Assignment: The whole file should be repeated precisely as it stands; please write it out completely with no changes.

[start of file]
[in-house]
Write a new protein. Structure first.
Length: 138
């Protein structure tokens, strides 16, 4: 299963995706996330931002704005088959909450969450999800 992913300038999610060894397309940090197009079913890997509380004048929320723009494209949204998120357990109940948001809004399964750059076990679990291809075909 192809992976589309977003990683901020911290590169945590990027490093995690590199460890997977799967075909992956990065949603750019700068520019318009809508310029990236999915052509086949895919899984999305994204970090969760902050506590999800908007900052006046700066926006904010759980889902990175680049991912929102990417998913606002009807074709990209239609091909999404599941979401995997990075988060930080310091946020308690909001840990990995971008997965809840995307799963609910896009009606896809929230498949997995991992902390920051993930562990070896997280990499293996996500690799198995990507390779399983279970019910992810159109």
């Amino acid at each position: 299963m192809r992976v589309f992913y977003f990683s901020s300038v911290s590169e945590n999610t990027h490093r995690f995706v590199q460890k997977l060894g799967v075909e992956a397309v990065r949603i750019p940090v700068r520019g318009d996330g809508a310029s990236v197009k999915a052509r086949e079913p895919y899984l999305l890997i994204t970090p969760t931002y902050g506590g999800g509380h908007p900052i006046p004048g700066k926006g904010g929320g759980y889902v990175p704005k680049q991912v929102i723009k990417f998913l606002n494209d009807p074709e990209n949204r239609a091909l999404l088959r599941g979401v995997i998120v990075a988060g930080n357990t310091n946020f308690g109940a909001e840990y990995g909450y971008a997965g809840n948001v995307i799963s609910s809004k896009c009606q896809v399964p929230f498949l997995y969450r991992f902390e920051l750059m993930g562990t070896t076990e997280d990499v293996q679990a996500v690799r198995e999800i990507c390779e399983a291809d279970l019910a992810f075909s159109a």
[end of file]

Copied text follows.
[in-house]
Write a new protein. Structure first.
Length: 138
């Protein structure tokens, strides 16, 4: 299963995706996330931002704005088959909450969450999800 992913300038999610060894397309940090197009079913890997509380004048929320723009494209949204998120357990109940948001809004399964750059076990679990291809075909 192809992976589309977003990683901020911290590169945590990027490093995690590199460890997977799967075909992956990065949603750019700068520019318009809508310029990236999915052509086949895919899984999305994204970090969760902050506590999800908007900052006046700066926006904010759980889902990175680049991912929102990417998913606002009807074709990209239609091909999404599941979401995997990075988060930080310091946020308690909001840990990995971008997965809840995307799963609910896009009606896809929230498949997995991992902390920051993930562990070896997280990499293996996500690799198995990507390779399983279970019910992810159109």
């Amino acid at each position: 299963m192809r992976v589309f992913y977003f990683s901020s300038v911290s590169e945590n999610t990027h490093r995690f995706v590199q460890k997977l060894g799967v075909e992956a397309v990065r949603i750019p940090v700068r520019g318009d996330g809508a310029s990236v197009k999915a052509r086949e079913p895919y899984l999305l890997i994204t970090p969760t931002y902050g506590g999800g509380h908007p900052i006046p004048g700066k926006g904010g929320g759980y889902v990175p704005k680049q991912v929102i723009k990417f998913l606002n494209d009807p074709e990209n949204r239609a091909l999404l088959r599941g979401v995997i998120v990075a988060g930080n357990t310091n946020f308690g109940a909001e840990y990995g909450y971008a997965g809840n948001v995307i799963s609910s809004k896009c009606q896809v399964p929230f498949l997995y969450r991992f902390e920051l750059m993930g562990t070896t076990e997280d990499v293996q679990a996500v690799r198995e999800i990507c390779e399983a291809d279970l019910a992810f075909s159109a």